NY Times: "[D]eath panels" claim is a "stubborn yet false rumor." In an August 13 article headlined, "False 'Death Panel' Rumor Has Some Familiar Roots," the Times reported:
The stubborn yet false rumor that President Obama's health care proposals would create government-sponsored "death panels" to decide which patients were worthy of living seemed to arise from nowhere in recent weeks.
Advanced even this week by Republican stalwarts including the party's last vice-presidential nominee, Sarah Palin, and Charles E. Grassley, the veteran Iowa senator, the nature of the assertion nonetheless seemed reminiscent of the modern-day viral Internet campaigns that dogged Mr. Obama last year, falsely calling him a Muslim and questioning his nationality.
There is nothing in any of the legislative proposals that would call for the creation of death panels or any other governmental body that would cut off care for the critically ill as a cost-cutting measure. But over the course of the past few months, early, stated fears from anti-abortion conservatives that Mr. Obama would pursue a pro-abortion, pro-euthanasia agenda, combined with twisted accounts of actual legislative proposals that would provide financing for optional consultations with doctors about hospice care and other ''end of life'' services, fed the rumor to the point where it overcame the debate.
NY Times reports "death panels" assertion "has no basis in any of the provisions of the legislative proposals." In an August 12 article, the Times reported that Obama "took issue with critics who he said had distorted the debate to stoke fears that health changes will include 'death panels that will basically pull the plug on Grandma.' That charge, which has been widely disseminated, has no basis in any of the provisions of the legislative proposals under consideration in Congress; it appears to be based on a provision that would require Medicare to pay for doctors to counsel patients on end-of-life care."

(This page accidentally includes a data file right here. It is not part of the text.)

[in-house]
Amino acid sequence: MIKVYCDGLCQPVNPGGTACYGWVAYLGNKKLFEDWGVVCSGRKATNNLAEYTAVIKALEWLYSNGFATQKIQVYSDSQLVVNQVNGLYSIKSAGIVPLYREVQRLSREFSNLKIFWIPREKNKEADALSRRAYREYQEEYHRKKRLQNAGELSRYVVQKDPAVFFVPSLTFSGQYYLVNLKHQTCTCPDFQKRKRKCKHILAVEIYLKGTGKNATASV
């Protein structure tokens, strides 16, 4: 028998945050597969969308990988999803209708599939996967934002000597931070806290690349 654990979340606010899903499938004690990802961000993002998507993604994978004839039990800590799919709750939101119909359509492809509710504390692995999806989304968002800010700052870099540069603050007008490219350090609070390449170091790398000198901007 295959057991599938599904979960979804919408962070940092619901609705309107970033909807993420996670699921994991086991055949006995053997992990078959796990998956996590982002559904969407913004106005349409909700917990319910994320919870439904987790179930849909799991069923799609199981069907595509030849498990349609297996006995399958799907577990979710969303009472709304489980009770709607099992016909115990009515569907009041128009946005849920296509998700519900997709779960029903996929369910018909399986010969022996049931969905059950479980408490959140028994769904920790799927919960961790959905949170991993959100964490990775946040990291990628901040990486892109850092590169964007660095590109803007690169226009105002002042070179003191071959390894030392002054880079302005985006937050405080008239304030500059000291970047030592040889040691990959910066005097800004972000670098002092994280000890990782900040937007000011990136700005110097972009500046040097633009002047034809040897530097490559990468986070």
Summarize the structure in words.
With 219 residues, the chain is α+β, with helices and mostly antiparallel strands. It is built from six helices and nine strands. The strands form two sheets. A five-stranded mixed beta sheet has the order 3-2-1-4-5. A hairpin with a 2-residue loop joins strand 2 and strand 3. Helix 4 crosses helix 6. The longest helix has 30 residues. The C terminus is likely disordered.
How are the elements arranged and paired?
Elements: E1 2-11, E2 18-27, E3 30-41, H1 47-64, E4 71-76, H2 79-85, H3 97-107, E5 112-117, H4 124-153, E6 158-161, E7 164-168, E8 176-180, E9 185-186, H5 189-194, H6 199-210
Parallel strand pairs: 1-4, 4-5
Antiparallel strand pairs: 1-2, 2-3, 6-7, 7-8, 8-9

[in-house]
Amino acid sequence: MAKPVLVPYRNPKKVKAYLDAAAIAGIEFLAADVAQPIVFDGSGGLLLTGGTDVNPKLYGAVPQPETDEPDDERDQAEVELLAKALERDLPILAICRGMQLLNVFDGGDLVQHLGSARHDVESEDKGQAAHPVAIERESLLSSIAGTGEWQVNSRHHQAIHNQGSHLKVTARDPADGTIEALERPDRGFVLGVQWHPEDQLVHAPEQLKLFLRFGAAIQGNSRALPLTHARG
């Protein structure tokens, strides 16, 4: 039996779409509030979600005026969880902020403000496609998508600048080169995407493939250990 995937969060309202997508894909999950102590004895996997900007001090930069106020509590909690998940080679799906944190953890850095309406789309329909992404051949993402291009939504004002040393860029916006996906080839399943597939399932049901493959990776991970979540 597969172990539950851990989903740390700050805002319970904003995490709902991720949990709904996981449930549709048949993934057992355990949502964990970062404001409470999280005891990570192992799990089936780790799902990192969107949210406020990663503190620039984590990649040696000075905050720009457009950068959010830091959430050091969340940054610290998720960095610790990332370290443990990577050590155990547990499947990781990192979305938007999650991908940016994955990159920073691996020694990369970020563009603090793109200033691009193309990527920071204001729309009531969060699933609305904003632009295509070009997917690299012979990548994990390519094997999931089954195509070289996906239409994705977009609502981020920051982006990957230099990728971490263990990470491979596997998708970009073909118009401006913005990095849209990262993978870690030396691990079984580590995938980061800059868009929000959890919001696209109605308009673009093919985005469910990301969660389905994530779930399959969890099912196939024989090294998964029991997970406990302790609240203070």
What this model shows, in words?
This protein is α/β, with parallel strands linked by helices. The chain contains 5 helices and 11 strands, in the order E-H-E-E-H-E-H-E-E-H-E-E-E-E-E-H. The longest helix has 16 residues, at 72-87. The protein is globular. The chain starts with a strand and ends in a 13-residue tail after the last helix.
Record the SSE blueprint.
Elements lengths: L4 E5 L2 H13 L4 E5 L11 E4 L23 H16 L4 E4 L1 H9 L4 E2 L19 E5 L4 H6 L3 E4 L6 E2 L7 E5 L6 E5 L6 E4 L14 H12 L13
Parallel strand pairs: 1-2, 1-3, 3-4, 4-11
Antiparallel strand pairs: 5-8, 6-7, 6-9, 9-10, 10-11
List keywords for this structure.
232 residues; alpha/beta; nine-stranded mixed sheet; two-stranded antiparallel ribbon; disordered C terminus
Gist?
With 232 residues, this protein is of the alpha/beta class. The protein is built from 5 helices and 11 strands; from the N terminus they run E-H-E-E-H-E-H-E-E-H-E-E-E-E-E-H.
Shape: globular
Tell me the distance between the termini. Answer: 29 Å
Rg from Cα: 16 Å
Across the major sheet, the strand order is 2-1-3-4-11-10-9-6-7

NY Times' Krugman: "Death panels" are "a complete fabrication." In an August 13 column, Times columnist Paul Krugman wrote:
Right now, the charge that's gaining the most traction is the claim that health care reform will create ''death panels'' (in Sarah Palin's words) that will shuffle the elderly and others off to an early grave. It's a complete fabrication, of course. The provision requiring that Medicare pay for voluntary end-of-life counseling was introduced by Senator Johnny Isakson, Republican -- yes, Republican -- of Georgia, who says that it's ''nuts'' to claim that it has anything to do with euthanasia.
NY Times' Brooks on "death panel" claim: "That's crazy." On NBC's Meet the Press, host David Gregory said to Times columnist David Brooks, "There is the rhetoric; there's also the question of what's true and what's false in what people are arguing about this notion of a death panel." Brooks responded, "Again, that's crazy. If the -- the crazies are attacking the plan because it'll cut off granny, and that -- that's simply not true. That simply is not going to happen." [Meet the Press, 8/9/09]
End-of-life care counseling would be voluntary
Provision calls for Medicare to cover voluntary end-of-life counseling sessions. Section 1233 of America's Affordable Health Choices Act of 2009 -- the provision former Alaska Gov. Sarah Palin cited -- amends the Social Security Act to ensure that advance care planning will be covered if a patient requests it from a qualified care provider [America's Affordable Health Choices Act, Sec. 1233]. According to an analysis of the bill produced by the three relevant House committees, the section "[p]rovides coverage for consultation between enrollees and practitioners to discuss orders for life-sustaining treatment. Instructs CMS to modify 'Medicare & You' handbook to incorporate information on end-of-life planning resources and to incorporate measures on advance care planning into the physician's quality reporting initiative." [waysandmeans.house.gov, accessed 8/13/09]